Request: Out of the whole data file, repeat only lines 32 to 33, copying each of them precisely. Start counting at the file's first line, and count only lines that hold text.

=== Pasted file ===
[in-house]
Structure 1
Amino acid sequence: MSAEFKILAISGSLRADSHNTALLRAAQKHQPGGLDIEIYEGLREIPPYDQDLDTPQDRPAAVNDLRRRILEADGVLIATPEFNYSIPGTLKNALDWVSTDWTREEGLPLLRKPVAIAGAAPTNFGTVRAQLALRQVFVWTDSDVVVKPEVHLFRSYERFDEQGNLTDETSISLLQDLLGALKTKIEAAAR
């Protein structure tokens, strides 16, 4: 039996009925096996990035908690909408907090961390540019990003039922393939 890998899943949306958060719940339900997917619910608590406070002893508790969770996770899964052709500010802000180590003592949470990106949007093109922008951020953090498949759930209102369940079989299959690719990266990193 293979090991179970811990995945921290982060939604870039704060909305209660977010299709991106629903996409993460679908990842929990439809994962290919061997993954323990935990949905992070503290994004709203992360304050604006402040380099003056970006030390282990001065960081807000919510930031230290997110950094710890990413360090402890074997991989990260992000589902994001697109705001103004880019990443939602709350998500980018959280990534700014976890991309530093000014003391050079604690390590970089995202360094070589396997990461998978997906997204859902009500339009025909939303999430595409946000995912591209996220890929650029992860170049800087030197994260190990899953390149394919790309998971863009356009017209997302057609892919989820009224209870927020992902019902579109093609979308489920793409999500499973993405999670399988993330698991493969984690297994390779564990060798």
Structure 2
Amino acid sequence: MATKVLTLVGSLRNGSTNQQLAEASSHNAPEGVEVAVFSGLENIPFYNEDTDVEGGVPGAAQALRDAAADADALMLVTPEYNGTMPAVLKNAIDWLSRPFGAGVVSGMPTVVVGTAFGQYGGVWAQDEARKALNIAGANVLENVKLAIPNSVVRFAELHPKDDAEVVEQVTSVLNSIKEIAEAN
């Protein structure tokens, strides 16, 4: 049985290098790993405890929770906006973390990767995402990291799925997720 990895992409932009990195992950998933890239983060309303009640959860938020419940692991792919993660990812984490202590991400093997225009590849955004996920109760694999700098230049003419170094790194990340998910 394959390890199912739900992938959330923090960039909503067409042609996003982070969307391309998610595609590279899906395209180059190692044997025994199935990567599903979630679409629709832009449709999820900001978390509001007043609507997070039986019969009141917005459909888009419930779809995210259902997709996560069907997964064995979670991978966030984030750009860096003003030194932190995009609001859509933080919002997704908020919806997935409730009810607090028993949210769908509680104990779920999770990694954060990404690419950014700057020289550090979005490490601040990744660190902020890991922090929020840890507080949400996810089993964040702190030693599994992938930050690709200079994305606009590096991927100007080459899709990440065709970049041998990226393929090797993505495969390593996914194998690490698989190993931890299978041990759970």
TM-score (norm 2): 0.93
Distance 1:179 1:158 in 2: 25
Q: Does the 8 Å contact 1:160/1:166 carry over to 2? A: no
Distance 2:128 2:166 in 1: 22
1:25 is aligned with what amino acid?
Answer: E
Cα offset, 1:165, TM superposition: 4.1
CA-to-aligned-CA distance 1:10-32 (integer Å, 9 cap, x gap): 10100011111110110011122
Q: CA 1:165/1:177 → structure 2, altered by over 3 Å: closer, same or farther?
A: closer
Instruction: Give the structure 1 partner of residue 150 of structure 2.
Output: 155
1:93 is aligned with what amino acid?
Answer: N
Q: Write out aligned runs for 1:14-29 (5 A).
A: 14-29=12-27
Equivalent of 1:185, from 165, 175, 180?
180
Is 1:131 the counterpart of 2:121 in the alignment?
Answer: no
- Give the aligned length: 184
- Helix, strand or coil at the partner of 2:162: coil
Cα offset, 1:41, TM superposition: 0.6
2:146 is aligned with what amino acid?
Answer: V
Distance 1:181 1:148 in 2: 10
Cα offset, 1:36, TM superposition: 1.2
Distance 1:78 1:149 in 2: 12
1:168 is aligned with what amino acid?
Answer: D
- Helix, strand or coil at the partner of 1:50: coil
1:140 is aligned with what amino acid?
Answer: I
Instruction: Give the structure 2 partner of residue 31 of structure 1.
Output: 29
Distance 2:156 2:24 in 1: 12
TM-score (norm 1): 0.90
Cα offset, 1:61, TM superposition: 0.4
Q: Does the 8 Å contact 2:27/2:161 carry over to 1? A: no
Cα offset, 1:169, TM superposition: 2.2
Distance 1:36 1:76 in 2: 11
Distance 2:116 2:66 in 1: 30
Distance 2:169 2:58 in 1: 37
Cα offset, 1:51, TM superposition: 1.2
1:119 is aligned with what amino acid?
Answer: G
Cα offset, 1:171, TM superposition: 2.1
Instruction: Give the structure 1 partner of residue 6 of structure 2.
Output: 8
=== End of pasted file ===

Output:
Answer: V
Distance 1:181 1:148 in 2: 10